Friday, December 24, 2010

Dr. Boyce Video: Black Economic Empowerment

Dr. Boyce Watkins on AOL Black Voices: Economic Prosperity

by Dr. Boyce Watkins, Syracuse UniversityScholarship in Action 

Zachary Rinkins is serious about money. He's been running a very popular financial blog for the past several years, and has positioned himself as one of the most respected financial bloggers in the black community. I love what Zachary is doing because he reflects a generation of young people who are interested in seeing themselves empowered through economic success.


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Tuesday, December 21, 2010

Julianne Malveaux: Surviving and Thriving During the Holidays


by Dr. Julianne Malveaux, President – Bennett College

When I look at the data that define the reality for African Americans in the economy, I am often alarmed and discouraged. One in four African American lives in poverty. Nearly one in three is out of work, according to unofficial data (official data says one in six). African Americans have lost billions of dollars worth of wealth in the foreclosure crisis. We aren't alone in our pain - our nation is hurting. But our pain is more pronounced, more acute, more debilitating.
This is hardly the first time African Americans have experienced disproportionate pain. Indeed, the story of our presence in this nation has been a story of us shouldering more than our share of economic pain. When people ask me about the wealth gap, I remind them that black folks used to be the wealth white folks accumulated. Under those circumstances, it is difficult to imagine that the wealth gap will ever be closed.

And yet we rise. I wrote my latest book, Surviving and Thriving: 365 Facts in Black Economic History, to remind me, to remind all of us, that even in harsh times African Americans have been more than survivors, we have been thrivers. We have made it despite horrible conditions, despite unfairness, despite racism. The playing field has never been level, and yet we have played on the slanted field, returning, returning, and sometimes winning. In the middle of a week of running around, talking about the book in Detroit and in Chicago, I had to smile at myself with air of satisfaction and acknowledge a job well done.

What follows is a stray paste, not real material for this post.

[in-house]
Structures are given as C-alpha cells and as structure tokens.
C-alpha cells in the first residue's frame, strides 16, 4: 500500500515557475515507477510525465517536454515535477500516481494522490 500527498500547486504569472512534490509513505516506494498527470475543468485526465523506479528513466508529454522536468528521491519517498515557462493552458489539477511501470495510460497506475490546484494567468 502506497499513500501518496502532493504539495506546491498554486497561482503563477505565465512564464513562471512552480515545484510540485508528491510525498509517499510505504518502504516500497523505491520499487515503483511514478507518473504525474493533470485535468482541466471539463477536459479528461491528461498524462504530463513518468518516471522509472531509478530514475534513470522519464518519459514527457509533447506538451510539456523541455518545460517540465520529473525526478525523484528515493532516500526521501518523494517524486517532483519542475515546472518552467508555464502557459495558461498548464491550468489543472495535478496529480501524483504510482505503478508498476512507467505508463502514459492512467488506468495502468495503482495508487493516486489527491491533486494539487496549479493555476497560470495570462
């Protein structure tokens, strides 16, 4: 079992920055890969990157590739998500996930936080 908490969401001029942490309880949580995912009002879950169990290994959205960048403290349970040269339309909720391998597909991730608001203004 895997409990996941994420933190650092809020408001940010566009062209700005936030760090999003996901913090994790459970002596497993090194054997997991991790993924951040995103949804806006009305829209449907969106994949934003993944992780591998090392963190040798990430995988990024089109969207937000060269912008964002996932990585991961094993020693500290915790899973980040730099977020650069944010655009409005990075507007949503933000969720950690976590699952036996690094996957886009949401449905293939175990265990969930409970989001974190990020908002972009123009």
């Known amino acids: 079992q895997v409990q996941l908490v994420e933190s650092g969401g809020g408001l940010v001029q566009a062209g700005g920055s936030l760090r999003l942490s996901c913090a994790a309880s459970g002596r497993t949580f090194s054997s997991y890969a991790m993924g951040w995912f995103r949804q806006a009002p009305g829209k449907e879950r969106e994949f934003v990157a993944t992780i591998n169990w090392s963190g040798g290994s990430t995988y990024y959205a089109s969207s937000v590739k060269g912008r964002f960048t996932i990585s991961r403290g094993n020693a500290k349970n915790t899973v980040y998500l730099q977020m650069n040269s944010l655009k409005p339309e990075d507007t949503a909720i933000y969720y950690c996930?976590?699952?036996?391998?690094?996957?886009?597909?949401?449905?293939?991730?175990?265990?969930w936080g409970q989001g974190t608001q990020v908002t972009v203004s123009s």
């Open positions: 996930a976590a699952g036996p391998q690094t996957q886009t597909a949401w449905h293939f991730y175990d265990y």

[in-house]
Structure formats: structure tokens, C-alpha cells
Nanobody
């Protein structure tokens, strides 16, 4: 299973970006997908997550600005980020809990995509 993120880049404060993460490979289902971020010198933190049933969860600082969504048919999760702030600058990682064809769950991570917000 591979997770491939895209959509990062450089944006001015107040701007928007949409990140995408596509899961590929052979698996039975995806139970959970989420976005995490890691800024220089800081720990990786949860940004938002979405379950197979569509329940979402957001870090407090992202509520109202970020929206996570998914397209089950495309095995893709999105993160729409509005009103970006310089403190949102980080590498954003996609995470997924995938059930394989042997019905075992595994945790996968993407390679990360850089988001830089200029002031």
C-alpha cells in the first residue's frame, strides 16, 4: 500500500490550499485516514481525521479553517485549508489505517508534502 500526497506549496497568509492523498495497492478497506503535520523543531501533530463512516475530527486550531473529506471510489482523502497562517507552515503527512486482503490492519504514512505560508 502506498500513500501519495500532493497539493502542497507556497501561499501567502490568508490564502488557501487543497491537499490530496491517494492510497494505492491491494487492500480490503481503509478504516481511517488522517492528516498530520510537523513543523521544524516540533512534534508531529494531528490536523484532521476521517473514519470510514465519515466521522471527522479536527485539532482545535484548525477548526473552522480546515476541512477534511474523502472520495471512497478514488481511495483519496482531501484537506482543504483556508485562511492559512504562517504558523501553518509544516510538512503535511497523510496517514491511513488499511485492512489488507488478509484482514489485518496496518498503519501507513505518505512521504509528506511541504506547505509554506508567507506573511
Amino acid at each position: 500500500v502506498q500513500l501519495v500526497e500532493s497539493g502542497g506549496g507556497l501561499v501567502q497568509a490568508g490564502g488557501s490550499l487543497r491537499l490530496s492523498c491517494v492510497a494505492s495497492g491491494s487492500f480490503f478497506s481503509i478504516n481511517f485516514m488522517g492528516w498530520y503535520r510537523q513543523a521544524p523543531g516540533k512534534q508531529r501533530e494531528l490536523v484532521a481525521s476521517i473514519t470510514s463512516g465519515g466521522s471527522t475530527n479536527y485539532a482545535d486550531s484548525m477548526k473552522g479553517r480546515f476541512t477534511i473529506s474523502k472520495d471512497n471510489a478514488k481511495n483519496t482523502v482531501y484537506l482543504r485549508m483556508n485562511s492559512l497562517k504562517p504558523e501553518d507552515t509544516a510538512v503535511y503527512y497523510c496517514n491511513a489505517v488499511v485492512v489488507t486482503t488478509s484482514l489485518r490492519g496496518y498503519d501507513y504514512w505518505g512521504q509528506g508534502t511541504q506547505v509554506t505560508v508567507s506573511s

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Thursday, December 16, 2010

Wells Fargo Says It Plans to Be Nicer to Black People: Oh Really?

by Dr. Boyce Watkins, Syracuse UniversityScholarship in Action 

I got a call not too long ago. It was from Wells Fargo, the bank that has been sued by one county after another for engaging in predatory lending toward the African American community. My first question to my business manager was "What do they want? I'm probably not going to be interested." My personal negotiations with Wells Fargo didn't go very far. I had no interest in being associated with the company that many believe to have ripped billions of dollars in wealth from a community that has such little wealth to begin with. Also, after watching my grandparents lose the home they'd lived in for over 40 years, it was personal for me. I also applaud Tavis Smiley for ending his affiliation with Wells Fargo after the predatory lending allegations surfaced during the financial crisis.